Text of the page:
Sports Management: What’s the Payoff?
The player wears the uniform, and each major league sport has its individuals who wear suits and ties. It is common knowledge that the players rake in the financial rewards of being part of a major league team; however, have you ever wondered about the men who sign their checks?
Enter the individual with a degree in sports management.
Coaches and sports agents often receive the most publicity. However, the field is populated with behind-the-scenes individuals who have studied sports management. These professionals have gone on to become sports managers, accountants, sports economists, and almost every career in between.
The pinnacle of a sports manager’s career is to assume the role of general major of a major league team.
Most major league sports teams, and some of those at the collegiate level, are quite guarded about the amount of money their front end, business executives are paid; however, estimations lead one to believe that most of them are doing fairly well.
In 2012, Turnkey Research conducted a survey regarding the compensation data and other related information from business executives directly involved in sports management. Responses to the survey arrived from more than 500 employees of over 100 teams, which ranged from team general managers to C-level execs.
Participation came from a variety of leagues, including the NFL, MLB, NHL, NBA, and the MLS. 65% of the responses received came from general and business managers.
Here are a few highlights of what the survey found:
- Business managers received annual median compensation of $65,000.00, which included bonuses and commissions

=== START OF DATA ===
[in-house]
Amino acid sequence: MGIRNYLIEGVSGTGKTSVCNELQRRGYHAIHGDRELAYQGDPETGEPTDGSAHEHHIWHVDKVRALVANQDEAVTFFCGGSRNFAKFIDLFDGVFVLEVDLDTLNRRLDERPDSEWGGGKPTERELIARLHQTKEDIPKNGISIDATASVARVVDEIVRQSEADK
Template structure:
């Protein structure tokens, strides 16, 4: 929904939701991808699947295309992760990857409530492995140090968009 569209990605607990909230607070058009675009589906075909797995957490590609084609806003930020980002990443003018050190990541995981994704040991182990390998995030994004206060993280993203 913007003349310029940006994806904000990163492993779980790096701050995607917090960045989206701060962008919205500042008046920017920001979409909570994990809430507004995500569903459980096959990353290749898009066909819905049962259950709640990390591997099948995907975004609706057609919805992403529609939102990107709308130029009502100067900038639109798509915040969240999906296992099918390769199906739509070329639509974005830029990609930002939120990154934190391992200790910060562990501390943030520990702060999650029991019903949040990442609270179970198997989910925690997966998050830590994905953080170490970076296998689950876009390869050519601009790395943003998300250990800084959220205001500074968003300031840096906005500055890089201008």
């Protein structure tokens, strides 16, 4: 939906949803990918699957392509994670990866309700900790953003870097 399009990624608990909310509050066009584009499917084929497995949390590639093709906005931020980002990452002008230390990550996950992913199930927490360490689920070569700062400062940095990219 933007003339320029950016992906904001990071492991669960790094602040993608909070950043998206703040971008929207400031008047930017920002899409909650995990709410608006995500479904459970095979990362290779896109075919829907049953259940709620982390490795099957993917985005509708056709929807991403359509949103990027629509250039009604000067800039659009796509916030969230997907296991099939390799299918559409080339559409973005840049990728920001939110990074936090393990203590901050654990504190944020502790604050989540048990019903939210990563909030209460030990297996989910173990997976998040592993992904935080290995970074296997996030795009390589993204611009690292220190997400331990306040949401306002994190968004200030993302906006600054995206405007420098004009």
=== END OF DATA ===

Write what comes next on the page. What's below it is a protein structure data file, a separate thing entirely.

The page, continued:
- At the director level, the median compensation received rose to $105,000.00.
- Vice-presidents received an average annual compensation of $165,000.00.
- Median compensation for executive vice-presidents and senior vice-presidents ranged from $340,000.00 to over $400,000.00.
Based on responses from this survey, as well as other data, here is a look at an estimation of the compensation that sports management executives make:
General Manager – $1 Million to $6 Million Salary
The general manager of a professional sports team is generally the franchise’s highest-paid employee – aside from the coaches. GMs report directly to the owner, and they have direct involvement in football operations and personnel.
General managers also possess oversight of different departments, such as marketing, facilities, and business development.
There are a number of factors that can affect how much a GM makes, and salary ranges vary dramatically. For example, former general manager of the Chargers, A.J. Smith was believed to have earned an annual salary of $2.2 million from 2008-2013.
On the other hand, the general manager of the San Francisco Giants, Brian Sabean, recently signed a new contract with the team that will employ him through the end of the 2019 season. The contract is believed to be worth $5-6 million annually.
Vice President – $175,000.00 to $400,000.00 Salary
At this level of seniority within a sports team’s business structure, the responsibilities of a vice-president are very similar to those of VPs in other industries. Service line and division vice-presidents tend to be paid more than VPs who manage support services, like business development and marketing.